Latest posts by Ken Carroll (see all)
- How To Get The Content Advantage - December 11, 2015
- Why I’m Buying Jay Baer’s New Book Even Before I Know The Title - December 10, 2015
- The Managerial Class Sucks At Content And This Is Your Opportunity - November 19, 2015
It's funny how we all associate Google with learning, rather than just searching. For specific information, I can see why: a single result for Oxfordian theory, for example, satisfies my needs pretty well. Not bad for a time investment of a few seconds.
But searching and learning are not one and the same. Consider what happens when you search for a broader topic. The word Shakespeare yields 52 million random and mainly unhelpful results. After hours of related search I'm not learning much, relative to the time I put in. I discover that Project Gutenberg has the plays for download, but its messy and I find a book or DVD much more convenient for the actual plays. Meanwhile, the Merlot collection has similar offerings. Clearly, we are still some ways off manageable OER resources, and I find no systematic way to tackle my subject. For sure there are some good articles on Google, but it's all random (and all text) and I get the feeling, again, that a decent book might serve me better.
Why haven't more people tried to create learning frameworks for the disciplines online? Google search results do not coalesce in any sense. By contrast, a book will pull the information into context, even if it is arbitrary or limited. Online, I can store stuff in a PLE, but that is still just a loose collection, rather than a framework per se. And while text results were at least plentiful on Google, the audio and video results were abysmal (essentially nothing for 'Richard 2nd', for example and even the most popular plays.)
Try another search
With my 2nd search - learn English - things really went downhill: 50 million results, but all random stuff, of mostly poor quality. Much web-based language learning content is out of date, compiled by hobbyists who patched sites together over time with no notion of networked learning, instructional design, or even the tools of social media, and still less any notion of how to present it. The visitor pays the price, in the form of time, particularly since it is difficult for a non-expert to distinguish the good content from bad. Learning English on the basis of of serendipity is not a learning strategy.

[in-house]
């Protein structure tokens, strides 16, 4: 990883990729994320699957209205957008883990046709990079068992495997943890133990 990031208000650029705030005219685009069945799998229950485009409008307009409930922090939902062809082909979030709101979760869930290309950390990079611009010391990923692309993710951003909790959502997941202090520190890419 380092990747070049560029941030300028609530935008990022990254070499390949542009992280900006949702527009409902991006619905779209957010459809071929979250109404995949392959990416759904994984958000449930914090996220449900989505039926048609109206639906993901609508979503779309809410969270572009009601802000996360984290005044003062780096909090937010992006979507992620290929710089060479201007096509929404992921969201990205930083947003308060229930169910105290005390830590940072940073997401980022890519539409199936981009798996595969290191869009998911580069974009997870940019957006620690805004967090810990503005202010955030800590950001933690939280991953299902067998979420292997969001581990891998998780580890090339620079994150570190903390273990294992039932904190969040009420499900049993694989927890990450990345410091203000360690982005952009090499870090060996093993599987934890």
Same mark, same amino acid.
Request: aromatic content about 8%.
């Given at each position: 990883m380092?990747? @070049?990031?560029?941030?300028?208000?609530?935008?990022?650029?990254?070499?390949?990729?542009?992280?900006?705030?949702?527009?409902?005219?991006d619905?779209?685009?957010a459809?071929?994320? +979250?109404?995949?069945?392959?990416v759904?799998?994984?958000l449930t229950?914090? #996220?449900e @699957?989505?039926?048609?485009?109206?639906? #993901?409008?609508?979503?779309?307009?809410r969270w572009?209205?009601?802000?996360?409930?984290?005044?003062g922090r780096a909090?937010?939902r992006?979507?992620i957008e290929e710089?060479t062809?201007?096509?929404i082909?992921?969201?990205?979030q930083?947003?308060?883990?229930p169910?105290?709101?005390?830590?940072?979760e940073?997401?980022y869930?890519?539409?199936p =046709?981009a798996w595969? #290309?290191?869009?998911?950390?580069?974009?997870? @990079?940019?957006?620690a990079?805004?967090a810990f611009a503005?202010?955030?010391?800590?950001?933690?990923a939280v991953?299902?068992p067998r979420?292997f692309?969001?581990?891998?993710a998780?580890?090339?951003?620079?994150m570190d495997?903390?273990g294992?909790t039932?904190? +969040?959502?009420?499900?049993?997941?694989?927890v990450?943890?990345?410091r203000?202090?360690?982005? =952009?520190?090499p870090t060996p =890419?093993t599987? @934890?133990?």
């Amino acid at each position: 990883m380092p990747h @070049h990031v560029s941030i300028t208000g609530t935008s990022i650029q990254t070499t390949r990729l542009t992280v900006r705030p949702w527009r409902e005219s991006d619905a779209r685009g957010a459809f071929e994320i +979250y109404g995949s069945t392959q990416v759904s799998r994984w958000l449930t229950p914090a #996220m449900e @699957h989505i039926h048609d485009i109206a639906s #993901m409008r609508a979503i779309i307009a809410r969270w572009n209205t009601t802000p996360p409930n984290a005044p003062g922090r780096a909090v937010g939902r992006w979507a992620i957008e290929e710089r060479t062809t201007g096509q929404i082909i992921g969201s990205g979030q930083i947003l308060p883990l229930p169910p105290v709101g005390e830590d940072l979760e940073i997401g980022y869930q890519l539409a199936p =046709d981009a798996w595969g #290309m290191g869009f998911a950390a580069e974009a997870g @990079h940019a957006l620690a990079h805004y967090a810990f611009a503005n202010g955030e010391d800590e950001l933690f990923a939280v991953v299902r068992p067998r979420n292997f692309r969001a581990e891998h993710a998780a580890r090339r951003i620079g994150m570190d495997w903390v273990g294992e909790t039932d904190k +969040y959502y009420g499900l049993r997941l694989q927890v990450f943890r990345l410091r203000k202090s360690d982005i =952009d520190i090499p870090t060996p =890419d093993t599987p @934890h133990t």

Google simply takes us to whatever is out there - bits of information. Very little of that was even designed for the web, but simply migrated there from elsewhere. Learning a discipline, however, takes more than just data, which is why people still go to night classes and buy textbooks. Efficiency, time, and focus are all hugely important issues. A framework ties this together and offers as sense of direction.
For some, the framework might involve human guidance, while for others it could simply mean a book, or a schedule at a night class. For us, the solution has been a platform that brings together the people, content, system necessary to enable a sustained learning endeavor. We try to give learners enough guidance to set them on their way but enough freedom to choose their own lessons and actively create their own context. (Learners really should make their own decisions.)
- At the people level: this includes advice/guidance from practitioners and other learners. Aggregating the experience of practitioners and successful learners can motivate, save vast amounts of time, and accelerate learning. In a sense the people are part of the framework. Pretty soon you have a community of practice on your hands.
- On a systems level: the framework offers searchable, accessible learning objects that are tagged and organized along a number of possible learning objectives.
- At the content level: lessons are designed for relevance, engagement, etc. These learning objects form a repository of lessons that can be tied together at will.
Our objective was to enable the learner to hit the ground running and create real value. With a clear social object, the community that grows around it adds to the context of learning, and is part of the framework. I discussed this issue with the brilliant Vincent Wade from Trinity College, Dublin last week, when I met him at Elliot Masie's Learning 2008 Conference, in Orlando. There was much fruitful discussion and I believe there will be more.